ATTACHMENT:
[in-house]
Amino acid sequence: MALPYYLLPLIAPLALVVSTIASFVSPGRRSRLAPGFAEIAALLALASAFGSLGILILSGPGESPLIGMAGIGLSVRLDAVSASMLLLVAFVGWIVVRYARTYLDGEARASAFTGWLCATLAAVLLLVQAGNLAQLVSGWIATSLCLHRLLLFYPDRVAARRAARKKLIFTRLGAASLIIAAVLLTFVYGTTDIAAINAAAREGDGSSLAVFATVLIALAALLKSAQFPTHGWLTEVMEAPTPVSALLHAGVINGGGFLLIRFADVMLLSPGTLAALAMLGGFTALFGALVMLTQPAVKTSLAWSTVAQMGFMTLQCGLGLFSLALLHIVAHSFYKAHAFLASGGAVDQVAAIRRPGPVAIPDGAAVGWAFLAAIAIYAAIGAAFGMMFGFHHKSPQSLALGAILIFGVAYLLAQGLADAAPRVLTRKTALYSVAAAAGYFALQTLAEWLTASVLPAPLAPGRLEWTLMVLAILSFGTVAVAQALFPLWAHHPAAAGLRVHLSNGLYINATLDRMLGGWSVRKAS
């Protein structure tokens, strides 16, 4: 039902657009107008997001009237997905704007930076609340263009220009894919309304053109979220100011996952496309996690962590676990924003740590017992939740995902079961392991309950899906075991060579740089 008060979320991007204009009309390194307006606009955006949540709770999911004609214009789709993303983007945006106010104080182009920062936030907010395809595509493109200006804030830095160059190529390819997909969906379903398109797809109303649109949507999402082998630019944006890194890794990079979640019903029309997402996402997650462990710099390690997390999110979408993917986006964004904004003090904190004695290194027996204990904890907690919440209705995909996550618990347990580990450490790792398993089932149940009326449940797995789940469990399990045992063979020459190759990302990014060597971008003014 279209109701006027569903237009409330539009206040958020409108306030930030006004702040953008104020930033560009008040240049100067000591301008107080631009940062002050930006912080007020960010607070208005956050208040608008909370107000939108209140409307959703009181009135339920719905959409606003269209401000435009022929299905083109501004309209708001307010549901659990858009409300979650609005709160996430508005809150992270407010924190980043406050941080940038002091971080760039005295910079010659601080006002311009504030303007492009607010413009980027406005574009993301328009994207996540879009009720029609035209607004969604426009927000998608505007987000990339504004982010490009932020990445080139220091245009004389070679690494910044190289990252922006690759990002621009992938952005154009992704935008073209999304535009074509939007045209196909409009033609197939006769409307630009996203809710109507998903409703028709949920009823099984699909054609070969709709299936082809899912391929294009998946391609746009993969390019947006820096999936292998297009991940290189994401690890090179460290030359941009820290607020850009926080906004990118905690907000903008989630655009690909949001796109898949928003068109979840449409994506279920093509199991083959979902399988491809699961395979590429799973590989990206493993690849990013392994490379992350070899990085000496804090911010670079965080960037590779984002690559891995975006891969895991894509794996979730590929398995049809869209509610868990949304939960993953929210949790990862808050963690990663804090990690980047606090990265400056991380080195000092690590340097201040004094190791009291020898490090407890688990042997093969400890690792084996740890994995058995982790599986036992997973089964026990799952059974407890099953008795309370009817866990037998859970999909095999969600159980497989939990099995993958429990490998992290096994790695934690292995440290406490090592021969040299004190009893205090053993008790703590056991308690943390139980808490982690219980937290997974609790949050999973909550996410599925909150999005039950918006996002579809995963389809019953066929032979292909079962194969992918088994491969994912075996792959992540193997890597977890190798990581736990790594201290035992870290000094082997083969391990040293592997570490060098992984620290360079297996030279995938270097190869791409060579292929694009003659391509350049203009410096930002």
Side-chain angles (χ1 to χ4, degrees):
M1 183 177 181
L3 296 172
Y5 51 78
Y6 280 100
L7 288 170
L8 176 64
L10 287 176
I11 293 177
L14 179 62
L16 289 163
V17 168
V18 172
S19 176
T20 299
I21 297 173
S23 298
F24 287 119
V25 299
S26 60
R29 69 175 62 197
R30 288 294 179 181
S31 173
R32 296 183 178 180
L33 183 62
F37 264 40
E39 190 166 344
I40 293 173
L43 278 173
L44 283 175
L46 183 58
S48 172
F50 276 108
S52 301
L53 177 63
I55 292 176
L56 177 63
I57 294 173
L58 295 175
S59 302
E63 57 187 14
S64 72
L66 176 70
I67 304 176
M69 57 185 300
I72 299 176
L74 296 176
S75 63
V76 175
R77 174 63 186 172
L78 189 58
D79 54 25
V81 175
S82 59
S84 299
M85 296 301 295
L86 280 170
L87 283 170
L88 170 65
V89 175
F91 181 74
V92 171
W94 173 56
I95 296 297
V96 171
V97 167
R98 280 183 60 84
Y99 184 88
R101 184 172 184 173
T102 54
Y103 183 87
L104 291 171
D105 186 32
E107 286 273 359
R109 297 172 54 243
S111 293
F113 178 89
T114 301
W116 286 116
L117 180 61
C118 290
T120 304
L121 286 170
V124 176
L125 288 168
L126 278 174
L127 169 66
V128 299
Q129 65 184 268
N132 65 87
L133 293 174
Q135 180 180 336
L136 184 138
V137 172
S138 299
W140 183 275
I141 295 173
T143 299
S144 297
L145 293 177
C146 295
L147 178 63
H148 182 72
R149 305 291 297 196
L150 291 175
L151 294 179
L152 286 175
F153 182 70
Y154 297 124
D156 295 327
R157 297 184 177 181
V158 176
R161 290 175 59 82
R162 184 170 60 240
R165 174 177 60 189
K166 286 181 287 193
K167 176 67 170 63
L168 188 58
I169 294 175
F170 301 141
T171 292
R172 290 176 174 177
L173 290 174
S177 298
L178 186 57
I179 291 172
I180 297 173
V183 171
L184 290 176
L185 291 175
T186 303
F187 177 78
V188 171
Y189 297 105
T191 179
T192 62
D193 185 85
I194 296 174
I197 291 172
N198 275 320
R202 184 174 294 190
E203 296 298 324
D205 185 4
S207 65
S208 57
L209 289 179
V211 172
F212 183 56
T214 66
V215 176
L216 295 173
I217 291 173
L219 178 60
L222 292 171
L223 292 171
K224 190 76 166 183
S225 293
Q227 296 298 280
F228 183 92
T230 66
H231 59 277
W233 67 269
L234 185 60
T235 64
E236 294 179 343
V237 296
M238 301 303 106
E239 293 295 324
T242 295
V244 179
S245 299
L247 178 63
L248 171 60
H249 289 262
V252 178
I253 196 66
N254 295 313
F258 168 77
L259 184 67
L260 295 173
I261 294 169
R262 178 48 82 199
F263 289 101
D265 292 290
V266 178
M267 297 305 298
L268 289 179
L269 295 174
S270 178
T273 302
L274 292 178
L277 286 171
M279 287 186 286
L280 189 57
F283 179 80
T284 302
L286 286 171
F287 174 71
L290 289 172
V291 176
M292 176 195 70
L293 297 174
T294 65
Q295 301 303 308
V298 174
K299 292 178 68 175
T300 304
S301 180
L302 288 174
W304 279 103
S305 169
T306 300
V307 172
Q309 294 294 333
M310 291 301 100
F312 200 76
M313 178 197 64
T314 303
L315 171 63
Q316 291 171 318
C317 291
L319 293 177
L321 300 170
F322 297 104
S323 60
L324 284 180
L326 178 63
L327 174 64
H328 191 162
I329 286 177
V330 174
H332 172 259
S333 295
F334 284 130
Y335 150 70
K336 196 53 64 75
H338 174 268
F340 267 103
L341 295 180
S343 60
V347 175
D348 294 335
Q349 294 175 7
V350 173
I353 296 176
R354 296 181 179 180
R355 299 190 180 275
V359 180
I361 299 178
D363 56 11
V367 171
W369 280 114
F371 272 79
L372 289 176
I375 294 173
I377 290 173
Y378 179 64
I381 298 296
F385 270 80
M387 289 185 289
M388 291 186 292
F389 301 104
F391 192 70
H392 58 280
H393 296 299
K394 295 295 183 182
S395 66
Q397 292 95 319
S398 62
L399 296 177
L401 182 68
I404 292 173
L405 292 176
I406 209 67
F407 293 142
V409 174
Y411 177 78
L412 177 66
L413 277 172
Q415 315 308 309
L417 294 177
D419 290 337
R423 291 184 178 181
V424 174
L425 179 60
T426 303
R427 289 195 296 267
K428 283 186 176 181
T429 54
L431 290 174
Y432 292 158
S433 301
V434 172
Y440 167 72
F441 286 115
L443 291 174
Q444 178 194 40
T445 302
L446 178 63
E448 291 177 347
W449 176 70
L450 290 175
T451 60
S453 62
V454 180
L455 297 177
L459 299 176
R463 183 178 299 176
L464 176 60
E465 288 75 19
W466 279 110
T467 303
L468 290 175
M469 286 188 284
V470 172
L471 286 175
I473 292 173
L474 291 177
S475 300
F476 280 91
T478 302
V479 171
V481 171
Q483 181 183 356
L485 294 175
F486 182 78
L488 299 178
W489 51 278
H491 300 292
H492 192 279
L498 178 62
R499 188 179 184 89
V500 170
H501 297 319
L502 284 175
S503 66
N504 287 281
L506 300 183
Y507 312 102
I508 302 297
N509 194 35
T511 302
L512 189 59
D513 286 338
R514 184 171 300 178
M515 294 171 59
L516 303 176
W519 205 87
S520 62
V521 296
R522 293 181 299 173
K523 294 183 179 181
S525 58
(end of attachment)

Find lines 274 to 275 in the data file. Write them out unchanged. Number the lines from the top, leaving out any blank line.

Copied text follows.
L401 182 68
I404 292 173